A group of prominent American Conservative and Reform rabbis will lead a procession at 6:30 A.M. on Wednesday in Jerusalem’s Old City to protest the government’s failure to deliver on its promise to provide them with a new space at the Western Wall where men and women can pray together.
- Netanyahu Urges Diaspora Jews Not to Protest Western Wall Stalemate
- Liberal Jews Should Condemn Denial of Jewish Ties to Temple Mt.
- Netanyahu's Responsible for Diaspora Alienation From Israel
The rabbis will carry Torah scrolls with them as they march from Dung Gate to the Western Wall, where they are likely to be stopped by security officials. Regulations at the Jewish holy site prohibit worshippers from bringing their own Torah scrolls to the premises.
The rabbis may attempt to resist security officials and push their way through in order to draw public attention to their cause.
The demonstration is scheduled to coincide with the monthly prayer service held by Women of the Wall, the multidenominational feminist prayer group, at the Jewish holy site.
Women of the Wall activists, as well as dozens of their supporters, plan to join the rabbis on their march.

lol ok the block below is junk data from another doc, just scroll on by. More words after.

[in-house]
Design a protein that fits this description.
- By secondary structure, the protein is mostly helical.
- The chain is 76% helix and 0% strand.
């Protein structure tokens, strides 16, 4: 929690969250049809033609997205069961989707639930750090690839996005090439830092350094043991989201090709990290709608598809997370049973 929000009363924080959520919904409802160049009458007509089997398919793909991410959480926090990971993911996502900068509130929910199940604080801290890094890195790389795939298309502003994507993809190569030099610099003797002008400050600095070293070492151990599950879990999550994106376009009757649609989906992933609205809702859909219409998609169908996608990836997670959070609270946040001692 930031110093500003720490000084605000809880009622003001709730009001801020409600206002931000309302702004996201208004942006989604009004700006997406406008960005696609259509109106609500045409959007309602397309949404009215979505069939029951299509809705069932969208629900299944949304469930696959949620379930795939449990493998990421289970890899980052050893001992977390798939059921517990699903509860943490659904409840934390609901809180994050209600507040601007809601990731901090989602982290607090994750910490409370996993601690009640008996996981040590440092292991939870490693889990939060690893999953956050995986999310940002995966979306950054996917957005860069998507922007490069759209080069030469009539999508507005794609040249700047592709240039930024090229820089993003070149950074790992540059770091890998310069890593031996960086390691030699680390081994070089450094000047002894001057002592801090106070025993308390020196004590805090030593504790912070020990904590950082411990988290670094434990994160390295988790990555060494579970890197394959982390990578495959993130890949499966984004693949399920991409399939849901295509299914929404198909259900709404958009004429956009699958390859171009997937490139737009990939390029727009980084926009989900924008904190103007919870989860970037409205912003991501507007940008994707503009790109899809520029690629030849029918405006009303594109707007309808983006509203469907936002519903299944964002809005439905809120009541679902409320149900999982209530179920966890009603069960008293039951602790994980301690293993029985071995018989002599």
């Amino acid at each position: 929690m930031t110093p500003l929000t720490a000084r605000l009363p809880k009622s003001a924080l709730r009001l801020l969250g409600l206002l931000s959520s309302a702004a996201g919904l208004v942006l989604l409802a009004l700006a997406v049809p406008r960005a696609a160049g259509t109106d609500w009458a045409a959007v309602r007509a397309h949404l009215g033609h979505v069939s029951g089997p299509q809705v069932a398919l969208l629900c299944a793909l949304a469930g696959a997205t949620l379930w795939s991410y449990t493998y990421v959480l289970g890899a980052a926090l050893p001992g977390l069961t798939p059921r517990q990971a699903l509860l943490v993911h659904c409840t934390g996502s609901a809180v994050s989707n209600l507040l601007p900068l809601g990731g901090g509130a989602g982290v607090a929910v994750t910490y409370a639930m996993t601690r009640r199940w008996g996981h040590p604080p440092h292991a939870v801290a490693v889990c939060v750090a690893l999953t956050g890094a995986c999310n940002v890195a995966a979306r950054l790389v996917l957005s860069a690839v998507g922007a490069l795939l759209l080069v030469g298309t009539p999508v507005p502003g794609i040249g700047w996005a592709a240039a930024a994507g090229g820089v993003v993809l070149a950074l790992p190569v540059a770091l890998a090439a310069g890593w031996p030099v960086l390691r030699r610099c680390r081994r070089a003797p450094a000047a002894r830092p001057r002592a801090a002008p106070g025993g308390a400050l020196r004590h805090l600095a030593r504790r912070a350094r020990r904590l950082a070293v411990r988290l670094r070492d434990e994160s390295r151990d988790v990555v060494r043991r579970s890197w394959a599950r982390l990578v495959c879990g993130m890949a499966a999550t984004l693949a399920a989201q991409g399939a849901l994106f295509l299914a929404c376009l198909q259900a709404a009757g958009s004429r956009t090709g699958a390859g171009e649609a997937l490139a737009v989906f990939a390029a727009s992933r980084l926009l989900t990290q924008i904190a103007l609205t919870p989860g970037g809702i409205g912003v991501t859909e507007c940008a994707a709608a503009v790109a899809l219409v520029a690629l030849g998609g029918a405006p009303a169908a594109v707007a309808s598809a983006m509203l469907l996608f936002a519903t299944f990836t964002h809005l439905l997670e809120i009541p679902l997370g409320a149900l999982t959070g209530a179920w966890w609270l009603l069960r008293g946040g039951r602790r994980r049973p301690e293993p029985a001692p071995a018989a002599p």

“We anticipate that the sight of hundreds of Jews prevented from reaching the Western Wall will move the prime minister to action,” said Anat Hoffman, chair of Women of the Wall.
“He is a hairbreadth away from a historic solution to the conflict at the Western Wall. It boggles the mind that Prime Minister Benjamin Netanyahu, who decries any international attempt to delegitimize our historic ties to the Western Wall, stands between world Jewry and an equitable arrangement guaranteeing every Jew the right to pray freely.”
Leading the protest will be Rabbi Steven Wernick, chief executive officer of The United Synagogue of Conservative Judaism, and Rabbi Rick Jacobs, president of the Union for Reform Judaism.
In January, the government voted to create a new section at the southern part of the Western Wall – near the area known as Robinson’s Arch – where members of the non-Orthodox movements could hold egalitarian prayer services. The deal was struck following three years of negotiations. However, under pressure from his ultra-Orthodox coalition partners, Netanyahu has refrained from implementing it.